Electric utilities need to change their operations to reduce dependence on fossil fuels and to cut carbon emissions, according to a new report.
Sponsored by the California State Teachers’ Retirement System (CalSTRS) and conducted by the Carbon Disclosure Project (CDP), the Electric Utilities Report 2009 examines how electric utilities around the globe currently measure and manage carbon dioxide emissions, and compares the level of disclosure and quality of planning among individual utilities for reducing carbon dioxide emissions. It also raises the question of how much electric utilities will need to pay for their ongoing carbon emissions and analyzes current levels of risk disclosure to investors.
The report analyzes responses from 110 of 249 of the world’s largest publicly held electric utilities. Key findings indicate that only 16 percent of utilities are setting and disclosing absolute targets for reducing greenhouse gas emissions. Less than half disclosed capacity and energy production figures by fuel type (e.g. coal, gas), which is a critical factor for investors in making decisions, according to the report.
The Environmental Integrity Project points to the U.S. Department of Energy data that suggests power-related carbon emissions will jump 15 percent between 2009 and 2030, based on permits issued for new or expanded coal plants, although the total U.S. power plant carbon emissions fell 3.1 percent in 2008, according to the Environmental Integrity Project.
The electric utilities industry accounts for 25 percent of carbon dioxide emissions worldwide, which is the largest share among all industries, according to CDP. The report cites that unless reduced, the build-up of greenhouse gases from utilities’ burning of coal and fossil fuels will accelerate globally.
A key finding: While 61 percent of utilities forecast future greenhouse gas emissions, 59 percent say they have emission reduction plans in place, but not all have publicly disclosed targets for reduced emissions. Only a small number of utilities are setting and disclosing absolute emission reduction targets, while a higher percentage are setting intensity targets that still allow greenhouse gas emissions to grow, according to the report.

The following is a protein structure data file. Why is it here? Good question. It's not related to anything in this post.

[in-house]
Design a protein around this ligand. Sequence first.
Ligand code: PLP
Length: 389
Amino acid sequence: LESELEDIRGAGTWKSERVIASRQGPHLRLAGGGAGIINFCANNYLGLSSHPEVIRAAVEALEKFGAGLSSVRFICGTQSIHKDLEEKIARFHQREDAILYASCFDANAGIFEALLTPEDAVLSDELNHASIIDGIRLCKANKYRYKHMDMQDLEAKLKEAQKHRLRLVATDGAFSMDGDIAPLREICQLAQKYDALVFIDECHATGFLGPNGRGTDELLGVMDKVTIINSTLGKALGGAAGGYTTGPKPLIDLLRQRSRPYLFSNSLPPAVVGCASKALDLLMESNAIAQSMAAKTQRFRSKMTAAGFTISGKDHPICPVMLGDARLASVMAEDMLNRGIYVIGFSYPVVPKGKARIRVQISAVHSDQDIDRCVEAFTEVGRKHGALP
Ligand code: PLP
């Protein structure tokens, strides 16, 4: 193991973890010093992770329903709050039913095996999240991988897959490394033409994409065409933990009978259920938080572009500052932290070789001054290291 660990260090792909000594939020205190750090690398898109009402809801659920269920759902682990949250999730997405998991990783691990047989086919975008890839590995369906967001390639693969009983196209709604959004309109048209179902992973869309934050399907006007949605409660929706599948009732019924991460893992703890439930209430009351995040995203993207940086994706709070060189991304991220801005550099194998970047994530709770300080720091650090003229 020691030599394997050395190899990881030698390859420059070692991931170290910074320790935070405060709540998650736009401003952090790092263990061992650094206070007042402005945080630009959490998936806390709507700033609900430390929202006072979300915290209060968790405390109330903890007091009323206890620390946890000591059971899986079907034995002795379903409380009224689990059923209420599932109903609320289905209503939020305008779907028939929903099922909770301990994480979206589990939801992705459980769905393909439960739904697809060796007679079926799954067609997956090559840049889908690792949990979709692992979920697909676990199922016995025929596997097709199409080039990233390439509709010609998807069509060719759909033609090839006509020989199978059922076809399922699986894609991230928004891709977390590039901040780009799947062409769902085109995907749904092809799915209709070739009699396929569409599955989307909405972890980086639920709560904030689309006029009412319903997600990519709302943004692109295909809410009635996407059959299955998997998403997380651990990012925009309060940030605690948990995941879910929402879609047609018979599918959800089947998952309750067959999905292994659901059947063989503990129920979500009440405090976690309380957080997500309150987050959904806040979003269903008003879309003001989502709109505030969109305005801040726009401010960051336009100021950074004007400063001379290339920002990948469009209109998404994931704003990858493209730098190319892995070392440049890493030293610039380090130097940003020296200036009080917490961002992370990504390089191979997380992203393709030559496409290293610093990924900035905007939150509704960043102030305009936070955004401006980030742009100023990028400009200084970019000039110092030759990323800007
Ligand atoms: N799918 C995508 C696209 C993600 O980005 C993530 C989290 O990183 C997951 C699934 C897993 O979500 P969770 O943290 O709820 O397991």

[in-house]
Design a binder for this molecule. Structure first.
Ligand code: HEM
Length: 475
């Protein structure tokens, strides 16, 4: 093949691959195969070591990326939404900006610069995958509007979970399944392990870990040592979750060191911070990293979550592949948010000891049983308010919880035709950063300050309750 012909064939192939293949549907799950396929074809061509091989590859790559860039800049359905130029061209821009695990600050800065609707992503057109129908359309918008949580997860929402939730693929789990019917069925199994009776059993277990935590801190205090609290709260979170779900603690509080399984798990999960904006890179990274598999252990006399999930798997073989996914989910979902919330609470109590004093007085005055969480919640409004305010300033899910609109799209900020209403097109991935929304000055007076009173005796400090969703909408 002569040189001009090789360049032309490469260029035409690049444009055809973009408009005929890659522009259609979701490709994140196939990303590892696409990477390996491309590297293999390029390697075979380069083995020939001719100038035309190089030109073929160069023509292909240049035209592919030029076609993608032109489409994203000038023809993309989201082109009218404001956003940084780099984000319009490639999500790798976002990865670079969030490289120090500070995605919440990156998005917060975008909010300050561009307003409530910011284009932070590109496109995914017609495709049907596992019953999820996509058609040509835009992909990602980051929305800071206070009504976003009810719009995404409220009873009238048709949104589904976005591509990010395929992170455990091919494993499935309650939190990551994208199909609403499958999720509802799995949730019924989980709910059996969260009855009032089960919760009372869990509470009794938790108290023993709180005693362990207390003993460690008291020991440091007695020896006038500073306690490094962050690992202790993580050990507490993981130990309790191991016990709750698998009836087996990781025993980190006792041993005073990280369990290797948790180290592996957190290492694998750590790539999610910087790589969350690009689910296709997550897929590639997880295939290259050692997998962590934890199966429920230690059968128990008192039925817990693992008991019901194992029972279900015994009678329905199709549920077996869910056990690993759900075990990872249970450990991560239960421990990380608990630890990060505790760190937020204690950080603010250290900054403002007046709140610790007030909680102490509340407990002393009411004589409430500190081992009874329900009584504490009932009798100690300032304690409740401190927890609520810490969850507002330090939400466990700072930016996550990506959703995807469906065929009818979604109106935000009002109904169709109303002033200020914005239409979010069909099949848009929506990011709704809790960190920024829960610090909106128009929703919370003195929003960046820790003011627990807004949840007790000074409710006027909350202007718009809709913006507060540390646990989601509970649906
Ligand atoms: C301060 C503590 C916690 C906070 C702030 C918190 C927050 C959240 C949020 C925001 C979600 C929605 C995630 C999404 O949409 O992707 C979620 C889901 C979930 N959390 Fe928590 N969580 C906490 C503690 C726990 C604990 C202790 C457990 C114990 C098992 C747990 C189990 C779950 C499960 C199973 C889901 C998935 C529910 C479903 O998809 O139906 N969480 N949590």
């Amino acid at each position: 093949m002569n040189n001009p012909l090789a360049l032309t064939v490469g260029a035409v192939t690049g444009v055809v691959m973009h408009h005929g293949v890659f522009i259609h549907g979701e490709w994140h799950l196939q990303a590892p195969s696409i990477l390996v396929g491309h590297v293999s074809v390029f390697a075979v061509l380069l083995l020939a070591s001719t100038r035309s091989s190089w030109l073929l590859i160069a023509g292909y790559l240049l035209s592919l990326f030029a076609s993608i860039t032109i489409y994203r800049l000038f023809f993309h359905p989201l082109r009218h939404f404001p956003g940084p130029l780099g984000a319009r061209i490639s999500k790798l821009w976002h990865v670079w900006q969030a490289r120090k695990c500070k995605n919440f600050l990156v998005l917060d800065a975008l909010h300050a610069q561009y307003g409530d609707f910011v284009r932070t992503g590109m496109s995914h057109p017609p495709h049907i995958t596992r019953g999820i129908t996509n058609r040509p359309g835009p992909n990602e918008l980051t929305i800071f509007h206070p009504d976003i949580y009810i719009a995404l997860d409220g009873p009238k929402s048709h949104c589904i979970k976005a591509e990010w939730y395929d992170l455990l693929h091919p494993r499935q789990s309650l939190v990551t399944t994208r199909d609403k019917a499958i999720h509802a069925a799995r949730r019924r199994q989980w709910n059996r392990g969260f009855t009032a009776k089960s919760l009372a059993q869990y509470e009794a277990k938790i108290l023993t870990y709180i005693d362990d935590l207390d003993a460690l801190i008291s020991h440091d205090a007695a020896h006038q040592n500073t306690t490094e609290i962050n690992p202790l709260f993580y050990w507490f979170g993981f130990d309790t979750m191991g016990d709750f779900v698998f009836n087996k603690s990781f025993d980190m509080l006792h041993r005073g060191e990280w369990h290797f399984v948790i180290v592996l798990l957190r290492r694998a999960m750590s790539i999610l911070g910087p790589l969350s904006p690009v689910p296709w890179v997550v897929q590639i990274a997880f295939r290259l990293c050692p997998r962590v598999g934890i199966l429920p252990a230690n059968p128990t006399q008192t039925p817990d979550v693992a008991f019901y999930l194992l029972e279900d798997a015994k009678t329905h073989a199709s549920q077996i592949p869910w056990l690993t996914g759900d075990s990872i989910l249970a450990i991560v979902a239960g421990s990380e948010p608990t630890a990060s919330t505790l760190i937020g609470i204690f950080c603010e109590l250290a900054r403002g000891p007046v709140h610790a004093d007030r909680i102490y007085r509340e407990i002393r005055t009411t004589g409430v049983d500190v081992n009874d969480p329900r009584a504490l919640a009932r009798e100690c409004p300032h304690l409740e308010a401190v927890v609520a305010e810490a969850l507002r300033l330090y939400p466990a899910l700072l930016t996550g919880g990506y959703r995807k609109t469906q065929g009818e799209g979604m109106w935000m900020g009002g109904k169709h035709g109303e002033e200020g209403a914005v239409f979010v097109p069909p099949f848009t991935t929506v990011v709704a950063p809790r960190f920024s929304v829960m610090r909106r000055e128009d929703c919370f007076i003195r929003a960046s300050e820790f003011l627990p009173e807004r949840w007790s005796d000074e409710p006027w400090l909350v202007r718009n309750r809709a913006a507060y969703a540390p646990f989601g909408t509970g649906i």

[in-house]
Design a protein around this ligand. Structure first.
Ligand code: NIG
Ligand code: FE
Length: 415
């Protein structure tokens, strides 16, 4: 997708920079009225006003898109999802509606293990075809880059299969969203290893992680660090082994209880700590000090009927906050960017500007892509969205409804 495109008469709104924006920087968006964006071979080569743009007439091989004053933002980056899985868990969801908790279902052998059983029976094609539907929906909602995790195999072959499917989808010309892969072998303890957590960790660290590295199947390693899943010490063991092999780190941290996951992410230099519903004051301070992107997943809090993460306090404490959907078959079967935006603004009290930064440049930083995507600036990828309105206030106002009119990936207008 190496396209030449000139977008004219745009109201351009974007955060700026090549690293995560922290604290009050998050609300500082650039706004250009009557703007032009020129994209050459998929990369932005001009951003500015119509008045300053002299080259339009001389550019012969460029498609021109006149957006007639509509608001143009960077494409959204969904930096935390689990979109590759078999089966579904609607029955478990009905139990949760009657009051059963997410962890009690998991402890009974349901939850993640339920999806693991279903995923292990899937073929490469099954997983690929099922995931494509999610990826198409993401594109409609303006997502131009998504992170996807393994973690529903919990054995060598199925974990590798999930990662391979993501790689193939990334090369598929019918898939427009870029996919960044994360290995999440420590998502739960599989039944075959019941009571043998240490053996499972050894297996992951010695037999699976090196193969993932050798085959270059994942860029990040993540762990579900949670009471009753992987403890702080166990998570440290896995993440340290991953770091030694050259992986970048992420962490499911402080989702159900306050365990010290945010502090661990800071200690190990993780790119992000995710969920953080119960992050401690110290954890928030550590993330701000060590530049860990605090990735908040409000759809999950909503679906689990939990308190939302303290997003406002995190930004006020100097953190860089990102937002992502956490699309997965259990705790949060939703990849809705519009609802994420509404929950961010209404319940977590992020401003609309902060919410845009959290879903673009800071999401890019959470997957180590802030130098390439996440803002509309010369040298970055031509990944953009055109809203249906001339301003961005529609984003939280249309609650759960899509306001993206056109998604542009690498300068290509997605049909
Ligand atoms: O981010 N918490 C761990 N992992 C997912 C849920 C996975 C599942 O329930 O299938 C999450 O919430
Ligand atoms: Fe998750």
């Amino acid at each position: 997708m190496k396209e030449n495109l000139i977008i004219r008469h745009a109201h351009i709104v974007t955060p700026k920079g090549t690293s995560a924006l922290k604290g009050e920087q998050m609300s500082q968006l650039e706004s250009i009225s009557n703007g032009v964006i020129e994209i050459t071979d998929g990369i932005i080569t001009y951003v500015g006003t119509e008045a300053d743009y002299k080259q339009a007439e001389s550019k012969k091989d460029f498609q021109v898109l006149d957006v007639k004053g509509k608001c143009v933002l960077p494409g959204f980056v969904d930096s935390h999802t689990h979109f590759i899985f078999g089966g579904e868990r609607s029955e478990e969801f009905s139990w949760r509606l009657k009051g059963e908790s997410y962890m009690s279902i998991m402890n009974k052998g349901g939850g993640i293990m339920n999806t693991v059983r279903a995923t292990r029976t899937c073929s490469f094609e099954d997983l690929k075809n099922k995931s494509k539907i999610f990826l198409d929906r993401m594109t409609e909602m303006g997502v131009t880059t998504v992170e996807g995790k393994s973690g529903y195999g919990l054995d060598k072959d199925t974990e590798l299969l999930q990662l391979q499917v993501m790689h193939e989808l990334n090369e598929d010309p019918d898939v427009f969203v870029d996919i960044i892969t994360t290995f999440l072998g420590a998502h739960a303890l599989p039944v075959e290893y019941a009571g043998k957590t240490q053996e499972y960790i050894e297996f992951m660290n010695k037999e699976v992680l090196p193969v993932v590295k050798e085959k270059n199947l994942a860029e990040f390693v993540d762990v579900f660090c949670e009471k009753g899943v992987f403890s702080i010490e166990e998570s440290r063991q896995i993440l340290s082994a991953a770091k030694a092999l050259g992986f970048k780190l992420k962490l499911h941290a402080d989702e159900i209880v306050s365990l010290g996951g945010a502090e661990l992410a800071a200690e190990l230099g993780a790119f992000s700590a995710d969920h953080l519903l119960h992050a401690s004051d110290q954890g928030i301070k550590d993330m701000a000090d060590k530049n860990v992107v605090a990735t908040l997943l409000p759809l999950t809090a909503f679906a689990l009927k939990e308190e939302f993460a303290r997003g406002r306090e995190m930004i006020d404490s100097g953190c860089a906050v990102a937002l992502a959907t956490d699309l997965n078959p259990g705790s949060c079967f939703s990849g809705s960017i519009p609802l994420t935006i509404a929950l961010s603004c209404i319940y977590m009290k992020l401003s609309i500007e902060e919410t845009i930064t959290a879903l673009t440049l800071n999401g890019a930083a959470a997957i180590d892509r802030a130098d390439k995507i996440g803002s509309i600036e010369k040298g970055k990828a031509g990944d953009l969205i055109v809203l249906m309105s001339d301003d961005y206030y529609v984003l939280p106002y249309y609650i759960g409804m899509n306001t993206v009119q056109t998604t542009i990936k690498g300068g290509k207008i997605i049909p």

Less than half of the surveyed companies disclosed current electricity generation capacity and production figures by fuel type, and only 14 out of the 110 respondents provided data on forecasted capacity and production. CDP says this lack of disclosure raises the question of how much electric utilities will need to pay for their ongoing carbon emissions, or pass on to consumers, as emissions trading systems and carbon taxes come into play.
Already, utility companies are delaying some new project plans and are evaluating how much they will have to raise rates in light of the U.S. Environmental Protection Agency’s “endangerment” ruling and how carbon emission regulations will playout.
So which utilities are doing the best job? The three highest scoring companies globally are Australia’s AGL at 81 and Iberdrola and Endesa from Spain at 82 and 85 points, respectively. These three leading utilities all provide quantitative data for their Scope 1, 2 and 3 GHG emissions and calculate the emissions intensity of their operations according to standard financial metrics, providing specific emissions reduction targets and strategies to achieve these targets, according to the report. These scores are based on the report’s Carbon Disclosure Leadership Index, or CDLI, which ranks all 110 electric utilities responding to the survey on the extent and quality of their climate change disclosure.
On a scale of 1 to 100, the average CDLI score for North American utilities was 49. Of the two California utilities in the survey, Edison International scored 47 and PG&E scored 51. U.S. utilities included: Duke Energy Corporation at 61, Consolidated Edison, Inc. at 75 and Exelon Corporation at 78.
The report calls for an “energy revolution” in order to reduce greenhouse gases and the need for policies to put a price on carbon, slow electricity demand growth and encourage faster replacement of high-emitting plants with lower-emitting and renewable energy alternatives.
The UK government already has signaled a major change as it increases its efforts to meet tough greenhouse gas emission (GHG) reduction targets. Britain announced plans to force all new coal plants in the country to test a pioneering carbon-cutting technology, making Britain the first country to require coal plants to fit carbon capture and storage (CCS), reports Reuters. Britain has set a target goal to cut GHG emissions by 34 percent by 2020 and recently announced binding carbon emission targets.
According to the utilities report, CCS has major implications for coal-dominated utilities, and global CO2 stabilization targets. The report cites The International Energy Agency, which projects that 160,000 MW of coal-fired capacity would need to be equipped with CCS to achieve a 550-ppm stabilization target by 2030 and that an additional 190,000 MW would need CCS if the target was further reduced to 450 ppm.
In Britain, initially, new plants would have to apply CCS to only about a quarter of power production rising to all output by 2025, and the government would fund up to four CCS test plants, according to the Energy and Climate Minister Ed Miliband, reports Reuters. He expects the first test plant to up and running by 2015.
CCS adds about $1 billion to the cost of a power station and funding for the test plants would be raised either by a premium on electricity produced or a payment per unit of carbon stored, reports Reuters. This would raise consumer power prices by about 2 percent by 2020.